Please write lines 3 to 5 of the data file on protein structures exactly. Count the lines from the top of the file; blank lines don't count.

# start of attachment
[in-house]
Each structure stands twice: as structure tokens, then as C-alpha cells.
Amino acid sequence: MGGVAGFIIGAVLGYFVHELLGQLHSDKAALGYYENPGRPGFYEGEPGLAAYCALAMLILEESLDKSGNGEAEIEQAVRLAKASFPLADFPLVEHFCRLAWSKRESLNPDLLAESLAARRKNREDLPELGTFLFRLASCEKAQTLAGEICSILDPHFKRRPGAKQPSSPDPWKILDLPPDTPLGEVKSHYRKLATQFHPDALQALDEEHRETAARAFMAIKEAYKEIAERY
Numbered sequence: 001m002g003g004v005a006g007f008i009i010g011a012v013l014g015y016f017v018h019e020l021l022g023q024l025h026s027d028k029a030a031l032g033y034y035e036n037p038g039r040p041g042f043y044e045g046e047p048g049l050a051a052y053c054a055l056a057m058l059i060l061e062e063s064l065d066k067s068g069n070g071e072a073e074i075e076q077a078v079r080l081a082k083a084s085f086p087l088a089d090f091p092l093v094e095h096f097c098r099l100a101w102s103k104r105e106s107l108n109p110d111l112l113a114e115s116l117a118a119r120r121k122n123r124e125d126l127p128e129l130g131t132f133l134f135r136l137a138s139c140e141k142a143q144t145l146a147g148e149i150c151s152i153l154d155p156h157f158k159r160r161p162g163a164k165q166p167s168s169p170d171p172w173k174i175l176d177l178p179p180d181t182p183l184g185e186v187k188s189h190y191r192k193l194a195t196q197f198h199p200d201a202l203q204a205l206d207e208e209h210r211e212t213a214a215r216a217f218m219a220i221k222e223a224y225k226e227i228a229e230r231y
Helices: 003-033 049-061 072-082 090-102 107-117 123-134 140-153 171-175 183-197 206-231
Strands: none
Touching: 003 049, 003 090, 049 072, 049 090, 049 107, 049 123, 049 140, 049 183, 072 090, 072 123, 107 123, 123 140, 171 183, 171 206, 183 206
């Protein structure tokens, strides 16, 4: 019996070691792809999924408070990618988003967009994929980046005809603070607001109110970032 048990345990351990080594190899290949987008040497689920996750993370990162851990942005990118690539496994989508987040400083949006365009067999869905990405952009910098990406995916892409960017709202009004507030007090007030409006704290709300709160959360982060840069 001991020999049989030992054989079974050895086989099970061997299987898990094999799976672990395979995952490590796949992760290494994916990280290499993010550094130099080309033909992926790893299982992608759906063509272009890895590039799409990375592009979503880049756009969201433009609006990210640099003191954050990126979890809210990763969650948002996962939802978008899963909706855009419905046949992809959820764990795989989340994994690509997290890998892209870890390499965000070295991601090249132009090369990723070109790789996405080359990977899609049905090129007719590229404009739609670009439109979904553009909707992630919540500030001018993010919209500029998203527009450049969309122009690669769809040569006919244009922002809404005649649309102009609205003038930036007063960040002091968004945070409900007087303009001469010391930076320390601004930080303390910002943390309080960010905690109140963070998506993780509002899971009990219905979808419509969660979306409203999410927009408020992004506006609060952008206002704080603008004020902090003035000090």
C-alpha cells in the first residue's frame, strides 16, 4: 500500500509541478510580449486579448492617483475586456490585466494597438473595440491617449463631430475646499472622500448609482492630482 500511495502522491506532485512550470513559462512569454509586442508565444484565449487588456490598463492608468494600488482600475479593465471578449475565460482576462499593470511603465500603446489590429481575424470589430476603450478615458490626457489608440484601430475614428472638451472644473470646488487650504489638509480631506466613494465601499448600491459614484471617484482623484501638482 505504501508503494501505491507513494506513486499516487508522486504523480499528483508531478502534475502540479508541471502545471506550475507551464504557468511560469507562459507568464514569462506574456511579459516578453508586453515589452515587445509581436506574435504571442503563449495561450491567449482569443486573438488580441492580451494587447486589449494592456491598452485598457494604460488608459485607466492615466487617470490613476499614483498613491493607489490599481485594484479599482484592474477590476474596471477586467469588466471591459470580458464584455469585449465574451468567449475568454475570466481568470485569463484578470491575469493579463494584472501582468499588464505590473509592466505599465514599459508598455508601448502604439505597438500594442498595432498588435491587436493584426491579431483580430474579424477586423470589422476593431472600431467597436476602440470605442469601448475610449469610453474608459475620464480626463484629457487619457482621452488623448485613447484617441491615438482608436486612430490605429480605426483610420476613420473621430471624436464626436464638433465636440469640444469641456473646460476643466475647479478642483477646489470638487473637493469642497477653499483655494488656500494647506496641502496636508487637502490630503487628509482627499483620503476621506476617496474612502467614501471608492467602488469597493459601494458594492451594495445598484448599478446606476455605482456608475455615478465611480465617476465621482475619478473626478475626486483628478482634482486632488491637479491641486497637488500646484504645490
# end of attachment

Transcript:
Amino acid sequence: MGGVAGFIIGAVLGYFVHELLGQLHSDKAALGYYENPGRPGFYEGEPGLAAYCALAMLILEESLDKSGNGEAEIEQAVRLAKASFPLADFPLVEHFCRLAWSKRESLNPDLLAESLAARRKNREDLPELGTFLFRLASCEKAQTLAGEICSILDPHFKRRPGAKQPSSPDPWKILDLPPDTPLGEVKSHYRKLATQFHPDALQALDEEHRETAARAFMAIKEAYKEIAERY
Numbered sequence: 001m002g003g004v005a006g007f008i009i010g011a012v013l014g015y016f017v018h019e020l021l022g023q024l025h026s027d028k029a030a031l032g033y034y035e036n037p038g039r040p041g042f043y044e045g046e047p048g049l050a051a052y053c054a055l056a057m058l059i060l061e062e063s064l065d066k067s068g069n070g071e072a073e074i075e076q077a078v079r080l081a082k083a084s085f086p087l088a089d090f091p092l093v094e095h096f097c098r099l100a101w102s103k104r105e106s107l108n109p110d111l112l113a114e115s116l117a118a119r120r121k122n123r124e125d126l127p128e129l130g131t132f133l134f135r136l137a138s139c140e141k142a143q144t145l146a147g148e149i150c151s152i153l154d155p156h157f158k159r160r161p162g163a164k165q166p167s168s169p170d171p172w173k174i175l176d177l178p179p180d181t182p183l184g185e186v187k188s189h190y191r192k193l194a195t196q197f198h199p200d201a202l203q204a205l206d207e208e209h210r211e212t213a214a215r216a217f218m219a220i221k222e223a224y225k226e227i228a229e230r231y
Helices: 003-033 049-061 072-082 090-102 107-117 123-134 140-153 171-175 183-197 206-231